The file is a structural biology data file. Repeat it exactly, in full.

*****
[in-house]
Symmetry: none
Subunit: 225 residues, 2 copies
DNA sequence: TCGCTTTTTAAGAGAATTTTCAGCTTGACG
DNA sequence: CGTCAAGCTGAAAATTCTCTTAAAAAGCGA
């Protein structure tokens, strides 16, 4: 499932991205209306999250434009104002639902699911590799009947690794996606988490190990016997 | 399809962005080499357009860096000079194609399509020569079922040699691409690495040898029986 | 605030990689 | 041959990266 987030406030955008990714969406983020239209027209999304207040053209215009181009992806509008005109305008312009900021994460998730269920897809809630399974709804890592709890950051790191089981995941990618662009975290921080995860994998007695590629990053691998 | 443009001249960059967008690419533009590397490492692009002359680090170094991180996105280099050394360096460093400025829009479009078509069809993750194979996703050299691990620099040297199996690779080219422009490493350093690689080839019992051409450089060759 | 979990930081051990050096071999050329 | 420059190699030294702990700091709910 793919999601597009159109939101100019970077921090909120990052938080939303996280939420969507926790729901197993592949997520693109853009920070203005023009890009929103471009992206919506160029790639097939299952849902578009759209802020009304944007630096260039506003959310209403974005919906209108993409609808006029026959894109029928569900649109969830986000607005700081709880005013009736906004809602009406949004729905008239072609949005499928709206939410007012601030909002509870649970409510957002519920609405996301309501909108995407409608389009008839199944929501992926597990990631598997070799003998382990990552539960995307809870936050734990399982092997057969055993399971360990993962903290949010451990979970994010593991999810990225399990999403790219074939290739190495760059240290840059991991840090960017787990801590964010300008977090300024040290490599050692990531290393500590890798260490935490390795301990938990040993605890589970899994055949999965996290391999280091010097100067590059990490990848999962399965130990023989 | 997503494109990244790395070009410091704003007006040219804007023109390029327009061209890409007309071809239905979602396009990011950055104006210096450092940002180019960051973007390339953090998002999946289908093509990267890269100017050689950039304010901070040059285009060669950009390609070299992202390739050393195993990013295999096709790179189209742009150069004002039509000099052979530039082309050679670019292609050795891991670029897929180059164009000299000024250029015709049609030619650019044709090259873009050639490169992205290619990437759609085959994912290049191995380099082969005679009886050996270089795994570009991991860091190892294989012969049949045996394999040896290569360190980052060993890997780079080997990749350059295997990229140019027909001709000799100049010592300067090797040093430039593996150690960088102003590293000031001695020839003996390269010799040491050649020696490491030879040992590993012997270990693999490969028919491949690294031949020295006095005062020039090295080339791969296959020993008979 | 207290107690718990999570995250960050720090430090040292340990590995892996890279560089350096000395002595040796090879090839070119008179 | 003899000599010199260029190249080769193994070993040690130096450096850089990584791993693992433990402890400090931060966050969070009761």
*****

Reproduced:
[in-house]
Symmetry: none
Subunit: 225 residues, 2 copies
DNA sequence: TCGCTTTTTAAGAGAATTTTCAGCTTGACG
DNA sequence: CGTCAAGCTGAAAATTCTCTTAAAAAGCGA
């Protein structure tokens, strides 16, 4: 499932991205209306999250434009104002639902699911590799009947690794996606988490190990016997 | 399809962005080499357009860096000079194609399509020569079922040699691409690495040898029986 | 605030990689 | 041959990266 987030406030955008990714969406983020239209027209999304207040053209215009181009992806509008005109305008312009900021994460998730269920897809809630399974709804890592709890950051790191089981995941990618662009975290921080995860994998007695590629990053691998 | 443009001249960059967008690419533009590397490492692009002359680090170094991180996105280099050394360096460093400025829009479009078509069809993750194979996703050299691990620099040297199996690779080219422009490493350093690689080839019992051409450089060759 | 979990930081051990050096071999050329 | 420059190699030294702990700091709910 793919999601597009159109939101100019970077921090909120990052938080939303996280939420969507926790729901197993592949997520693109853009920070203005023009890009929103471009992206919506160029790639097939299952849902578009759209802020009304944007630096260039506003959310209403974005919906209108993409609808006029026959894109029928569900649109969830986000607005700081709880005013009736906004809602009406949004729905008239072609949005499928709206939410007012601030909002509870649970409510957002519920609405996301309501909108995407409608389009008839199944929501992926597990990631598997070799003998382990990552539960995307809870936050734990399982092997057969055993399971360990993962903290949010451990979970994010593991999810990225399990999403790219074939290739190495760059240290840059991991840090960017787990801590964010300008977090300024040290490599050692990531290393500590890798260490935490390795301990938990040993605890589970899994055949999965996290391999280091010097100067590059990490990848999962399965130990023989 | 997503494109990244790395070009410091704003007006040219804007023109390029327009061209890409007309071809239905979602396009990011950055104006210096450092940002180019960051973007390339953090998002999946289908093509990267890269100017050689950039304010901070040059285009060669950009390609070299992202390739050393195993990013295999096709790179189209742009150069004002039509000099052979530039082309050679670019292609050795891991670029897929180059164009000299000024250029015709049609030619650019044709090259873009050639490169992205290619990437759609085959994912290049191995380099082969005679009886050996270089795994570009991991860091190892294989012969049949045996394999040896290569360190980052060993890997780079080997990749350059295997990229140019027909001709000799100049010592300067090797040093430039593996150690960088102003590293000031001695020839003996390269010799040491050649020696490491030879040992590993012997270990693999490969028919491949690294031949020295006095005062020039090295080339791969296959020993008979 | 207290107690718990999570995250960050720090430090040292340990590995892996890279560089350096000395002595040796090879090839070119008179 | 003899000599010199260029190249080769193994070993040690130096450096850089990584791993693992433990402890400090931060966050969070009761």